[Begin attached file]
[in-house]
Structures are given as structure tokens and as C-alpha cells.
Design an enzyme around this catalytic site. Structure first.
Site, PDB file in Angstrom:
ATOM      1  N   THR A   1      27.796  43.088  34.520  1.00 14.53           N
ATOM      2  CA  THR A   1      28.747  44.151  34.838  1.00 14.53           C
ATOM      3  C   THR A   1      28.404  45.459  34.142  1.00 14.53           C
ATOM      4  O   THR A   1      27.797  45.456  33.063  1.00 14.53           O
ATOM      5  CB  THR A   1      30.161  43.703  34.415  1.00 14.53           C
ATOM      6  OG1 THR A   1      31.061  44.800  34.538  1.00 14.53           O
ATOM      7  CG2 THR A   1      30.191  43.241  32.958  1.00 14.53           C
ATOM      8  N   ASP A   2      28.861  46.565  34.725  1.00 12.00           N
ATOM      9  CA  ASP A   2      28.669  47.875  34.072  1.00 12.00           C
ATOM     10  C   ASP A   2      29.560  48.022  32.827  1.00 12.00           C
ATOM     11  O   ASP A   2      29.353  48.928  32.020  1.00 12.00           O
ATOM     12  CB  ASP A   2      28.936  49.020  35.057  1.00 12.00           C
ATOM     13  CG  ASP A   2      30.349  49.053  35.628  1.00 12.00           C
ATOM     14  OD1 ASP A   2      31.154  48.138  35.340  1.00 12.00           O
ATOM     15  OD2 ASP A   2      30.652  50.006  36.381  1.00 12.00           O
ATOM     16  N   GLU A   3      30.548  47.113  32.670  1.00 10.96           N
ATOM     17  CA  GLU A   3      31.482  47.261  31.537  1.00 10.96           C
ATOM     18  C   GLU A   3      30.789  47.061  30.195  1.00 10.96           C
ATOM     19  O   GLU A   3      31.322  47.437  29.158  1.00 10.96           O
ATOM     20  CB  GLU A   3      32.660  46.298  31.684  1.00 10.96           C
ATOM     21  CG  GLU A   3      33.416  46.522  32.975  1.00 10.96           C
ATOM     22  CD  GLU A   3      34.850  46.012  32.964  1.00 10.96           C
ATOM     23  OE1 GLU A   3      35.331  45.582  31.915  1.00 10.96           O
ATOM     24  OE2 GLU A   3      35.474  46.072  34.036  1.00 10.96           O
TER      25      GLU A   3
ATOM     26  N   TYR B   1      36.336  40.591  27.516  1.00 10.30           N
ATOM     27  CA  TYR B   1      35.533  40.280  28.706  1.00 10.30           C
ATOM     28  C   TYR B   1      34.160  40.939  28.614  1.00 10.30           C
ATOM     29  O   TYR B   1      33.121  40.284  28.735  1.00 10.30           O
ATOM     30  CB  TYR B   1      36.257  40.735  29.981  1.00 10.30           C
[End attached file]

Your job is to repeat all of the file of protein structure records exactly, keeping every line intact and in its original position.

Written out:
[in-house]
Structures are given as structure tokens and as C-alpha cells.
Design an enzyme around this catalytic site. Structure first.
Site, PDB file in Angstrom:
ATOM      1  N   THR A   1      27.796  43.088  34.520  1.00 14.53           N
ATOM      2  CA  THR A   1      28.747  44.151  34.838  1.00 14.53           C
ATOM      3  C   THR A   1      28.404  45.459  34.142  1.00 14.53           C
ATOM      4  O   THR A   1      27.797  45.456  33.063  1.00 14.53           O
ATOM      5  CB  THR A   1      30.161  43.703  34.415  1.00 14.53           C
ATOM      6  OG1 THR A   1      31.061  44.800  34.538  1.00 14.53           O
ATOM      7  CG2 THR A   1      30.191  43.241  32.958  1.00 14.53           C
ATOM      8  N   ASP A   2      28.861  46.565  34.725  1.00 12.00           N
ATOM      9  CA  ASP A   2      28.669  47.875  34.072  1.00 12.00           C
ATOM     10  C   ASP A   2      29.560  48.022  32.827  1.00 12.00           C
ATOM     11  O   ASP A   2      29.353  48.928  32.020  1.00 12.00           O
ATOM     12  CB  ASP A   2      28.936  49.020  35.057  1.00 12.00           C
ATOM     13  CG  ASP A   2      30.349  49.053  35.628  1.00 12.00           C
ATOM     14  OD1 ASP A   2      31.154  48.138  35.340  1.00 12.00           O
ATOM     15  OD2 ASP A   2      30.652  50.006  36.381  1.00 12.00           O
ATOM     16  N   GLU A   3      30.548  47.113  32.670  1.00 10.96           N
ATOM     17  CA  GLU A   3      31.482  47.261  31.537  1.00 10.96           C
ATOM     18  C   GLU A   3      30.789  47.061  30.195  1.00 10.96           C
ATOM     19  O   GLU A   3      31.322  47.437  29.158  1.00 10.96           O
ATOM     20  CB  GLU A   3      32.660  46.298  31.684  1.00 10.96           C
ATOM     21  CG  GLU A   3      33.416  46.522  32.975  1.00 10.96           C
ATOM     22  CD  GLU A   3      34.850  46.012  32.964  1.00 10.96           C
ATOM     23  OE1 GLU A   3      35.331  45.582  31.915  1.00 10.96           O
ATOM     24  OE2 GLU A   3      35.474  46.072  34.036  1.00 10.96           O
TER      25      GLU A   3
ATOM     26  N   TYR B   1      36.336  40.591  27.516  1.00 10.30           N
ATOM     27  CA  TYR B   1      35.533  40.280  28.706  1.00 10.30           C
ATOM     28  C   TYR B   1      34.160  40.939  28.614  1.00 10.30           C
ATOM     29  O   TYR B   1      33.121  40.284  28.735  1.00 10.30           O
ATOM     30  CB  TYR B   1      36.257  40.735  29.981  1.00 10.30           C